This bolt-action repeater was full of “firsts” in military small arms
If you’ve enjoyed your Swiss M1911 and M1931 Schmidt-Rubin, wait until you handle a Swiss Vetterli in 10.4x38R, otherwise known as the .41 Swiss. Designed by Professor Friedrich Vetterli at the SIG factory in Neuhausen and adopted by the Swiss army in 1869, the Vetterli was the first self-cocking, small-bore, bolt-action repeating rifle ever adopted for general issue by any country. Beautifully machined and finished. The Vetterli incorporated, in concept, the side loading port, tubular magazine and cartridge lifter of the Winchester Model 1866: the turning bolt of the Dreyse needle gun with the locking lugs of the Greene/Chassepot. The Vetterli soldiered on until 1890 when it was officially replaced by the Model 1889 Schmidt-Rubin.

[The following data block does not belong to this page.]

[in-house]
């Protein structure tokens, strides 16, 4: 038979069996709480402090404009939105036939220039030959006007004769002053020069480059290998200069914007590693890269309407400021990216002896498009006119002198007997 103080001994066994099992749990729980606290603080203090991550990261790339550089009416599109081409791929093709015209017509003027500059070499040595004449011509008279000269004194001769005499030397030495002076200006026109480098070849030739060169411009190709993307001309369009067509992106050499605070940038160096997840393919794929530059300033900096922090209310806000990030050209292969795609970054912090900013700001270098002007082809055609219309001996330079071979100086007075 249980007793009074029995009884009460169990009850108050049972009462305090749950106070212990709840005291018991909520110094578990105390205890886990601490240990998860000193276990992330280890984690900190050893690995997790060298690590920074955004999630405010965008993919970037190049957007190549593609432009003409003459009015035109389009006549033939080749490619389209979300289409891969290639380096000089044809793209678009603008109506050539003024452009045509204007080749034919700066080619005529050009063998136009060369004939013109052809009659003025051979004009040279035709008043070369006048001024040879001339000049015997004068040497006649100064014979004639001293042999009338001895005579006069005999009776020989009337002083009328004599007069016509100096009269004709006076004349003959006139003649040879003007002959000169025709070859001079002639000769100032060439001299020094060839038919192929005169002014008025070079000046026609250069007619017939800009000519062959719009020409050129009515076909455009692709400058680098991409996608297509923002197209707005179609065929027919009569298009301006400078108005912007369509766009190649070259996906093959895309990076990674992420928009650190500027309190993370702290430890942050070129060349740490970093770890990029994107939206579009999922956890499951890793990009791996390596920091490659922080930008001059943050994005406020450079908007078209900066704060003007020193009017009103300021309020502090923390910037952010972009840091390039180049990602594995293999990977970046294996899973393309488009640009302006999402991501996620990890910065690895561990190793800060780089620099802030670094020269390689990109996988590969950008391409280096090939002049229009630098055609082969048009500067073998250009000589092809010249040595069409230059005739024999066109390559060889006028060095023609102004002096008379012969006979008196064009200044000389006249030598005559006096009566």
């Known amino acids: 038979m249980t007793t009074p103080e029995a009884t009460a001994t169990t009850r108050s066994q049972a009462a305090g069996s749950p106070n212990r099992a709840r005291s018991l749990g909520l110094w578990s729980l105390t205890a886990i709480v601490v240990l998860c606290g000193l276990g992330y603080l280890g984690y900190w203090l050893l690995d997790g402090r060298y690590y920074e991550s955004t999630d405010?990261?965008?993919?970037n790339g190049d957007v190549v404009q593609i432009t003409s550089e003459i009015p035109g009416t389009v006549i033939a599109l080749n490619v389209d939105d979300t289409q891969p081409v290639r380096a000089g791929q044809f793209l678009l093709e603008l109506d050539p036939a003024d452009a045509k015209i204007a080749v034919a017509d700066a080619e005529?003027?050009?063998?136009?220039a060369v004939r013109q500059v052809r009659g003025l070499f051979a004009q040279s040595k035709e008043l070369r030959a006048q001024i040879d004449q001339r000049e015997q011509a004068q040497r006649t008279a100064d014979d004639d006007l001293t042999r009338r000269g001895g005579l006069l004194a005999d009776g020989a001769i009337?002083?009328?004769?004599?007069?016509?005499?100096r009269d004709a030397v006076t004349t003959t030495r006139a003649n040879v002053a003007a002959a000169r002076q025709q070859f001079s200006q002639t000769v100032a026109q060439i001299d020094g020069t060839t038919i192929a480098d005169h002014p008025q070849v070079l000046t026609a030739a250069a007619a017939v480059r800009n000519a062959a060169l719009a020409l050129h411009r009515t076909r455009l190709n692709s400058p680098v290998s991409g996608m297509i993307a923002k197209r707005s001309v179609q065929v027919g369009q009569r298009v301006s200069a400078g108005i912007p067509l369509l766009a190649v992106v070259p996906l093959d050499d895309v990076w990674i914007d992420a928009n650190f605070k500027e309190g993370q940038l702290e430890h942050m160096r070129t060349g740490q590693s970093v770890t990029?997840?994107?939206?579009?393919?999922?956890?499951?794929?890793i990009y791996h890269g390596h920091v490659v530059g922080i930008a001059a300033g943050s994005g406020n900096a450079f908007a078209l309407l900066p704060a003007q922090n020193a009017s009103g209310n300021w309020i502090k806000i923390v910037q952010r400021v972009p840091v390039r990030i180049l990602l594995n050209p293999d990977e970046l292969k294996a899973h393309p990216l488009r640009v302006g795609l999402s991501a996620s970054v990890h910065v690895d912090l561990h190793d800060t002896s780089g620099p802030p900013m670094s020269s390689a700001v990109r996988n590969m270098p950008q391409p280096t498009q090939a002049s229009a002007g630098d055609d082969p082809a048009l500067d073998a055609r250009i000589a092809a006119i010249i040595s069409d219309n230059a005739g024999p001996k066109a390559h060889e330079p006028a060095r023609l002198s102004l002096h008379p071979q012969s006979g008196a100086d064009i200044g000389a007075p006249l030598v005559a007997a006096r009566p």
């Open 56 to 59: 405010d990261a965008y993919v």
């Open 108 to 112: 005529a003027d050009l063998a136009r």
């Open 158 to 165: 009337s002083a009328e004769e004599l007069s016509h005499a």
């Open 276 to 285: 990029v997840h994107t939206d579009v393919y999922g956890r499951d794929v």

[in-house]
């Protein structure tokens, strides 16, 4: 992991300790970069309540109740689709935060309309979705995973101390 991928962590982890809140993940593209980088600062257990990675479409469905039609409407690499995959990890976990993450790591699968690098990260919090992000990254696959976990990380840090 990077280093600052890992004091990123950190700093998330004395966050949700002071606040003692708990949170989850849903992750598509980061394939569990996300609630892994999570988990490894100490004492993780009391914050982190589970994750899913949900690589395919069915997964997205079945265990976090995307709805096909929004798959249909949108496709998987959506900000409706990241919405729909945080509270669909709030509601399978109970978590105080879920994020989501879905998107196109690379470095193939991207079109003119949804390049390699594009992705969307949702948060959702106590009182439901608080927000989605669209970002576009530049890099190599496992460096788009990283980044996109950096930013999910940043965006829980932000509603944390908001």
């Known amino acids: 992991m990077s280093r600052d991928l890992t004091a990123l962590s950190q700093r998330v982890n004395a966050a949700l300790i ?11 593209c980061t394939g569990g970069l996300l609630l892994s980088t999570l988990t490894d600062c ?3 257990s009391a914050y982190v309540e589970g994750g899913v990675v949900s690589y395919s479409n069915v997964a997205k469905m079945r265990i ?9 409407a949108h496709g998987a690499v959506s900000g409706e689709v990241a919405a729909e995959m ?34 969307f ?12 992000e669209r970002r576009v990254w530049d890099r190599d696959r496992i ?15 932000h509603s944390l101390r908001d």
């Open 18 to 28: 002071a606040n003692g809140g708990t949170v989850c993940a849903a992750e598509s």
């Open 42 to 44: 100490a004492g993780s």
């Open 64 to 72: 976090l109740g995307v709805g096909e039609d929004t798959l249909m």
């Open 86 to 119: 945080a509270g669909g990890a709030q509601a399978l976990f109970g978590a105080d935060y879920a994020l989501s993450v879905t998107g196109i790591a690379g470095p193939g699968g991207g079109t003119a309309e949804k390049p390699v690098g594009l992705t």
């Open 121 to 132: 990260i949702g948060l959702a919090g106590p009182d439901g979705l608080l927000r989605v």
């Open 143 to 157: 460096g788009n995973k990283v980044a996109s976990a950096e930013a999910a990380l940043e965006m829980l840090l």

Imported into the United States by the thousands in the early 1900s and sold to the public by mass retailers like Sears-Roebuck and surplus dealers like Francis Bannerman; the Swiss Vetterli was popular enough as a sporting arm that UMC/Remington/Peters loaded the .41 Swiss rimfire cartridge right up until WWII.
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